Special Issue on Education in the age of COVID-19: Implications for the future
International Review of Education – Journal of Lifelong Learning (IRE), Volume 67, issue 1-2

This issue of the International Review of Education – Journal of Lifelong Learning highlights some of the impacts of the COVID-19 pandemic on education and asks how, in the post-pandemic world, we might do education differently.

The issue is a companion to the October/December issue. Both double special issues deal with the ongoing crisis. The current issue, entitled ‘Education in the age of COVID-19: Implications for the future’, takes the impact of the pandemic as a platform from which to examine what has happened, how societies have responded and how we might do better. It considers some of the social fractures and inequities exposed by the pandemic and shines a critical light on the role of different national and international actors.

The featured articles aim to enhance our understanding of the consequences of the COVID-19 crisis for education worldwide and to inspire critical discussion of the educational implications of the pandemic, with a view to informing future actions. The ten articles include empirical and theoretically oriented assessments with a focus on adult and community education, schooling and higher education.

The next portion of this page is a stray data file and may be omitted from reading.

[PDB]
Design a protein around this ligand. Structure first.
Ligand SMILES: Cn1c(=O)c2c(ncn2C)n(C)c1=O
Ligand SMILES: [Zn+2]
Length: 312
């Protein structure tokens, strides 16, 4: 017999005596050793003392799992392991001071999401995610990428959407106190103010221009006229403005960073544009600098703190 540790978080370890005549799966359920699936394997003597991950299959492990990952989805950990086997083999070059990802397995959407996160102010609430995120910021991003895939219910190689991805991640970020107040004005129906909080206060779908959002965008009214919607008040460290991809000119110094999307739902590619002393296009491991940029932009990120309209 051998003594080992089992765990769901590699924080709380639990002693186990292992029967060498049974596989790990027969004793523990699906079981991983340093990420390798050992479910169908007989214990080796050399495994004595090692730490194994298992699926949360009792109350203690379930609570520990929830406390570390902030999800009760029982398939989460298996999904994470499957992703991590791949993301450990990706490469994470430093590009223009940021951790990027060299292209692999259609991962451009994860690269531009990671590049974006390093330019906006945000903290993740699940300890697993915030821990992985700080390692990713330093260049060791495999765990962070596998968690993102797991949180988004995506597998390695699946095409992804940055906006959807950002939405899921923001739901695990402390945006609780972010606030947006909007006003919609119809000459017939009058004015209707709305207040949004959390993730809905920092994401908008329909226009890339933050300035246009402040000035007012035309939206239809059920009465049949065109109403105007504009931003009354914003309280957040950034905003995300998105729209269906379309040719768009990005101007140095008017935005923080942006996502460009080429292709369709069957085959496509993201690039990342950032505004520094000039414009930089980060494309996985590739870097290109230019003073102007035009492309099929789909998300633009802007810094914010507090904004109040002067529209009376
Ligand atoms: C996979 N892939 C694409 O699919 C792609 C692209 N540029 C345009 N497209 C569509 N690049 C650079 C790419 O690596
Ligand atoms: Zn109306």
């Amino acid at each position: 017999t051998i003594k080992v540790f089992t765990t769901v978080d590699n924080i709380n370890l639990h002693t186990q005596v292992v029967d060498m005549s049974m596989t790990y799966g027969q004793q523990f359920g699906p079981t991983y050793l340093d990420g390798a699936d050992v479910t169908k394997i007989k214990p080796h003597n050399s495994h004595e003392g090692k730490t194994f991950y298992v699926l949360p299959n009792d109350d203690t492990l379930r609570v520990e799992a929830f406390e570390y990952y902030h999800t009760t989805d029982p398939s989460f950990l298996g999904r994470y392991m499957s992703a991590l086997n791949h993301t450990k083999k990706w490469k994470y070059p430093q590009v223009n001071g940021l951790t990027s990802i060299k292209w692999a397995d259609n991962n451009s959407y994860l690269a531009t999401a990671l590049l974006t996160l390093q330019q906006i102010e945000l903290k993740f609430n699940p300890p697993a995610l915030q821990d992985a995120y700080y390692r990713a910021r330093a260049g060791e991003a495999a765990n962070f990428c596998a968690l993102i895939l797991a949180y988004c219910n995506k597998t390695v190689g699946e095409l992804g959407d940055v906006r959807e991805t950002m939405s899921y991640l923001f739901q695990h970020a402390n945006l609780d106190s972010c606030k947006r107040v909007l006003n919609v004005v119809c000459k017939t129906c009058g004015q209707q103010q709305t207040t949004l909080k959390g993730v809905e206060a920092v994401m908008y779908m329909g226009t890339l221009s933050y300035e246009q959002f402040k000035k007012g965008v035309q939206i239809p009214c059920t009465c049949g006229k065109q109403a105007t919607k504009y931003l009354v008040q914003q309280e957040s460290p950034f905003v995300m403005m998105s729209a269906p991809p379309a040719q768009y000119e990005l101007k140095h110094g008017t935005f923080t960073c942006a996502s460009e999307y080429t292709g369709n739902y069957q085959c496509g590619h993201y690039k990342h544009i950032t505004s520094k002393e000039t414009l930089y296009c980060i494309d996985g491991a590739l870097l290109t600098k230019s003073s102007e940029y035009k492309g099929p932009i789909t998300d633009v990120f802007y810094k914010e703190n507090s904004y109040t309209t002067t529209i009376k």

Contributions include first-hand perspectives from Canada, Chile, Egypt, Nepal, Small Island Developing States, South Africa and the United States. A central message of all the articles is that the move to online learning in the context of a global emergency has reinforced inequalities of access and participation in education, not only in schools and universities, but in adult education too.

Another common theme is that the pandemic, and responses to it, have affected systems that were unprepared to deal with the current crisis. Reasons for this include weaknesses fostered by pre-existing inequalities, budget constraints and austerity measures. These were, in many cases, exacerbated by neoliberal policies aimed at reducing public spending and promoting markets and competition, often at the cost of democratic accountability.

Together, these two special issues can be used as a toolbox of resources to support the process of recovery and renewal, as well as providing useful advice about how to prepare for future global crises.


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